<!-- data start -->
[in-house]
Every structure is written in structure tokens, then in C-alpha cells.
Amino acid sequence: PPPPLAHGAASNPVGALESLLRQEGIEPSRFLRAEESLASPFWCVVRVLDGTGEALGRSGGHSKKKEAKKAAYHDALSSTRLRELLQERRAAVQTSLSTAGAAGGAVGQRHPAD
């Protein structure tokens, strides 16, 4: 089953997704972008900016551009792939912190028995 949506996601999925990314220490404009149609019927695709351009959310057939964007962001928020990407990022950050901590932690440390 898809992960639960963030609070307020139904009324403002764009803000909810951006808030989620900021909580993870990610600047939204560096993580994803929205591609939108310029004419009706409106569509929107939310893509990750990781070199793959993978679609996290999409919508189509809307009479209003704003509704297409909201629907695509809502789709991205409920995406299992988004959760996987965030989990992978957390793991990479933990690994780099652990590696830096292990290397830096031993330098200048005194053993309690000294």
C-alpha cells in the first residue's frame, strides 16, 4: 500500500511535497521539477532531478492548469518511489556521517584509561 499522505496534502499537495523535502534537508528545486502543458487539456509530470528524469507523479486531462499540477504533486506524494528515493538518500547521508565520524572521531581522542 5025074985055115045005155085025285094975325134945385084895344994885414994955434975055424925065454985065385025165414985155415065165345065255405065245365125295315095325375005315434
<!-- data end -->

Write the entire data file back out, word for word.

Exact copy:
[in-house]
Every structure is written in structure tokens, then in C-alpha cells.
Amino acid sequence: PPPPLAHGAASNPVGALESLLRQEGIEPSRFLRAEESLASPFWCVVRVLDGTGEALGRSGGHSKKKEAKKAAYHDALSSTRLRELLQERRAAVQTSLSTAGAAGGAVGQRHPAD
């Protein structure tokens, strides 16, 4: 089953997704972008900016551009792939912190028995 949506996601999925990314220490404009149609019927695709351009959310057939964007962001928020990407990022950050901590932690440390 898809992960639960963030609070307020139904009324403002764009803000909810951006808030989620900021909580993870990610600047939204560096993580994803929205591609939108310029004419009706409106569509929107939310893509990750990781070199793959993978679609996290999409919508189509809307009479209003704003509704297409909201629907695509809502789709991205409920995406299992988004959760996987965030989990992978957390793991990479933990690994780099652990590696830096292990290397830096031993330098200048005194053993309690000294």
C-alpha cells in the first residue's frame, strides 16, 4: 500500500511535497521539477532531478492548469518511489556521517584509561 499522505496534502499537495523535502534537508528545486502543458487539456509530470528524469507523479486531462499540477504533486506524494528515493538518500547521508565520524572521531581522542 5025074985055115045005155085025285094975325134945385084895344994885414994955434975055424925065454985065385025165414985155415065165345065255405065245365125295315095325375005315434